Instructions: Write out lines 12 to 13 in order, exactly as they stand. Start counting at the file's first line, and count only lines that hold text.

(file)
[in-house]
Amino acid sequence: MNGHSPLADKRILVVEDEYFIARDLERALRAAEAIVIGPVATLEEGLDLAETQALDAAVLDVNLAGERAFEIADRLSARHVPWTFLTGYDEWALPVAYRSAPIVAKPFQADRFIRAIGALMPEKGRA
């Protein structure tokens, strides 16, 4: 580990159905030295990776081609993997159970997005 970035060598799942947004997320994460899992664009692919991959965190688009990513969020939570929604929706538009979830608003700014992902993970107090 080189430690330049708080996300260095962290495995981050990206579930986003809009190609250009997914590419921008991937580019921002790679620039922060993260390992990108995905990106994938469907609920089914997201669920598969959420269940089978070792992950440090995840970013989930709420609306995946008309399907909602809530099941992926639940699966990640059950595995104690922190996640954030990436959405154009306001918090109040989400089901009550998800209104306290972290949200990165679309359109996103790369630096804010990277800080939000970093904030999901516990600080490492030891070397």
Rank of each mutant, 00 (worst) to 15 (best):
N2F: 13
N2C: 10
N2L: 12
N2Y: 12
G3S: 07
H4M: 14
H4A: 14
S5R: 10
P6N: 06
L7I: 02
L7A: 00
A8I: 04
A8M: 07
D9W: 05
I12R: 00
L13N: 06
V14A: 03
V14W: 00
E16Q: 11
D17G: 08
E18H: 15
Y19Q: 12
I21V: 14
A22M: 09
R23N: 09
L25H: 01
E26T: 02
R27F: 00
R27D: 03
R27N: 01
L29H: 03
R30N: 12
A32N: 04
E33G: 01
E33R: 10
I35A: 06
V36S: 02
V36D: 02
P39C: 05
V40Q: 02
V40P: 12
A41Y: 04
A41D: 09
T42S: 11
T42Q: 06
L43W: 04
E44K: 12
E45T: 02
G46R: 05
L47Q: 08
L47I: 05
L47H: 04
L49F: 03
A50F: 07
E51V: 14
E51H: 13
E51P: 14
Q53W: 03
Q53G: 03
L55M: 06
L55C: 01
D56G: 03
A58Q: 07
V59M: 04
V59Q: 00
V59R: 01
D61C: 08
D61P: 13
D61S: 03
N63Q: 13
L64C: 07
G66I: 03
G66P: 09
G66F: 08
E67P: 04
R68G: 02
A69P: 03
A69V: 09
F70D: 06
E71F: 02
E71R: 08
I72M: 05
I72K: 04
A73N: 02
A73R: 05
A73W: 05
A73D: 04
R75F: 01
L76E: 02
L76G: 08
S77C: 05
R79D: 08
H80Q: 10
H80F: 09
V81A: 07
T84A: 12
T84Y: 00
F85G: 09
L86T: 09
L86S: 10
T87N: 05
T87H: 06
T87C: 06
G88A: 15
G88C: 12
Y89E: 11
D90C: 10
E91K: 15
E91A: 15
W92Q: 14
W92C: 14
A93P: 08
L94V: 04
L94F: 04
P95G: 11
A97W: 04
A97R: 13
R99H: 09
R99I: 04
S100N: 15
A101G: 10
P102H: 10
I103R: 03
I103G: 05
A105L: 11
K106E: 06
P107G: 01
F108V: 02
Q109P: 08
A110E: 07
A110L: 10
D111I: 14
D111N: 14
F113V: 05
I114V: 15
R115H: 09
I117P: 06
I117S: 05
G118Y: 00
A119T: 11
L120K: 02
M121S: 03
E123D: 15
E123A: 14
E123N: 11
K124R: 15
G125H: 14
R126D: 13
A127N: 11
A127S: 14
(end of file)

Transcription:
S5R: 10
P6N: 06